The Unbearable Triteness of Brexit Commentary

Does everything always have to be about America? Yes, pretty much, if you're an American.


Todd Krainin, Reason TV

It says something deeply disturbing about contemporary political discourse that Paul Krugman—who regularly ignores those he disagrees with as "knaves and fools" unworthy of his time and attention—was a voice of calm reason over Brexit. "I'm finding myself less horrified by Brexit than one might have expected," he wrote about the United Kingdom's decision to leave the European Union. "The economic consequences will be bad, but not, I'd argue, as bad as many are claiming."

Such shoulder-shrugging was in short supply, especially from those less well-versed in economics than the Nobel laureate. Indeed, the irredeemably smug insta-responses on both sides of the Brexit issue underscore that Americans are as quick to virtue-signal as they are to proclaim that the apocalypse is (yet again!) upon us. Throw in a solipsistic inability to see the world as in any way independent of domestic U.S. politics and you've got the making of a media shitstorm that left everybody hip-deep in manure but no clearer about what Brexit really means.

Krugman's even-more-insufferable colleague at The New York Times, Roger Cohen, made Brexit all about himself. "It's not just the stupidity of the decision," he fumed. "It's not even the betrayal of British youth. It's far more: a personal loss. Europa, however flawed, was the dream of my generation." In perhaps the most-ridiculous commentary on the surprisingly lopsided "Leave" win, MSNBC host Rachel Maddow delivered a 15-minute history lecture that argued Great Britain's action would soon give rise to World War III because the only thing standing between a European war of all against all was a political union that dates all the way back to 1993 and a common currency that most members have used only since 2002. Given that the clock has not even yet started ticking on Britain's official exit and that NATO, which binds together a couple dozen European countries plus the United States and Canada, is still going strong, fears of a sixth Battle of Ypres seem, well, a tad exaggerated.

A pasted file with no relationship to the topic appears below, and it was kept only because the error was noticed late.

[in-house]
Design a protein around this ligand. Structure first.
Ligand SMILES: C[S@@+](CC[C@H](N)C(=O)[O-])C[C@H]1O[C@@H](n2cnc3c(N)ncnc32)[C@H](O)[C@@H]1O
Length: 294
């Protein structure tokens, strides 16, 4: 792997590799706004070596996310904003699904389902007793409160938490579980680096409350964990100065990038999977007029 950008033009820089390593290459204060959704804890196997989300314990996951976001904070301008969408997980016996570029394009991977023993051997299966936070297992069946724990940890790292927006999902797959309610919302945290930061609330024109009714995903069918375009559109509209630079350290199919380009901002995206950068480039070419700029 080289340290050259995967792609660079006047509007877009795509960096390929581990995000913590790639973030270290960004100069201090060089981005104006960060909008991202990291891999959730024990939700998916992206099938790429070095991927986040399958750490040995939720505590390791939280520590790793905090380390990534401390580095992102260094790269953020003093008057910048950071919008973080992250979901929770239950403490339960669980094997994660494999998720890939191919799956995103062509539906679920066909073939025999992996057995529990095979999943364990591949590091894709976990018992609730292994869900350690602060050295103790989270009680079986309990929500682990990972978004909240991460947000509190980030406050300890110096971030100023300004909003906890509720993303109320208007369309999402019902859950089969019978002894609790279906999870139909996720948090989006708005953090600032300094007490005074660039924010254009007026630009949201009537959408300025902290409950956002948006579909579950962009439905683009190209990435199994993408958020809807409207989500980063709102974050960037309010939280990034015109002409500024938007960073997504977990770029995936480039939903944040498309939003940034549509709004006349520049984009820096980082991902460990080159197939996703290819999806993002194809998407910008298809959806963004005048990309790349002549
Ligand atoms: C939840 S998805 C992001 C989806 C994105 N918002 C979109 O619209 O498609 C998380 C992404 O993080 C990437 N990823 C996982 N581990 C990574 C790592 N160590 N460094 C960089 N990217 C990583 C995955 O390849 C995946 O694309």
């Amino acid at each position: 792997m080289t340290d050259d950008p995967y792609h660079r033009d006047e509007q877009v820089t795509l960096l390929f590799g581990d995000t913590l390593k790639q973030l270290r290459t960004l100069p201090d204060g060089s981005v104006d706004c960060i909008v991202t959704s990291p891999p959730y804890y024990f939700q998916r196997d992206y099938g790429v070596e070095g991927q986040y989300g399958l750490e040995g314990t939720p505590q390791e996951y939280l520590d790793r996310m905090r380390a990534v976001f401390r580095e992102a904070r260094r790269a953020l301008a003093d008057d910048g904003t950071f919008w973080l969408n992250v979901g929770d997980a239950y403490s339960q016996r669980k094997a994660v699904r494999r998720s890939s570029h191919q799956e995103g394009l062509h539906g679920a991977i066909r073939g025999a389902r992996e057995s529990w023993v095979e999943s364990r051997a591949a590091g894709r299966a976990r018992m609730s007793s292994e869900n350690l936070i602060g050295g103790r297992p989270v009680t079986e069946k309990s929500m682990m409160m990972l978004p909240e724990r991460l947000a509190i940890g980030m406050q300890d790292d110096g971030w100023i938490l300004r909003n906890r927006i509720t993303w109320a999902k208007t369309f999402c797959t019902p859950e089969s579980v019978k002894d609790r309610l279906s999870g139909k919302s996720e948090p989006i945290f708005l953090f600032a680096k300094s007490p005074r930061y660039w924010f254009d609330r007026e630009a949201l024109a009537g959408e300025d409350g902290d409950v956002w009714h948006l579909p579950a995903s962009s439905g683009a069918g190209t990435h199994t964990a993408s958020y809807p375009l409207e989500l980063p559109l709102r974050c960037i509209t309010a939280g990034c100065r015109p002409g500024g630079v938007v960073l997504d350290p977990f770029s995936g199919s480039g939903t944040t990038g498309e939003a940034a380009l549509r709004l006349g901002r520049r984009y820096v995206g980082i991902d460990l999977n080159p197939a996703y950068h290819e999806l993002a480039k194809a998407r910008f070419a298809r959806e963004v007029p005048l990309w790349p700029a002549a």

And let's not pretend that the E.U. is some vague, toothless entity against which there are no legitimate reasons for resentment. Recently, for instance, the E.U.'s "commissioner for justice, consumers, and gender equality" (a real thing) issued strict rules for banning "hate speech" on the internet, and has secured the participation of Microsoft, YouTube, Facebook, and Twitter in enforcing disturbingly vague and illiberal rules. Even E.U. defenders, such as the Times' Cohen, grants that it needs serious changes. To categorically assert that 17.5 million Leave voters (against 16 million Remain voters) are simply racist and anti-immigrant is to ignore pro-Leave voices who are libertarian, cosmopolitan Brits such as science writer and House of Lords member Matt Ridley and member of the European Parliament Dan Hannan, both of whom support opening borders to more goods and people. The E.U., notes Ridley, "still has no trade deals with America, China, Japan, Brazil, India, Canada, Australia and Indonesia."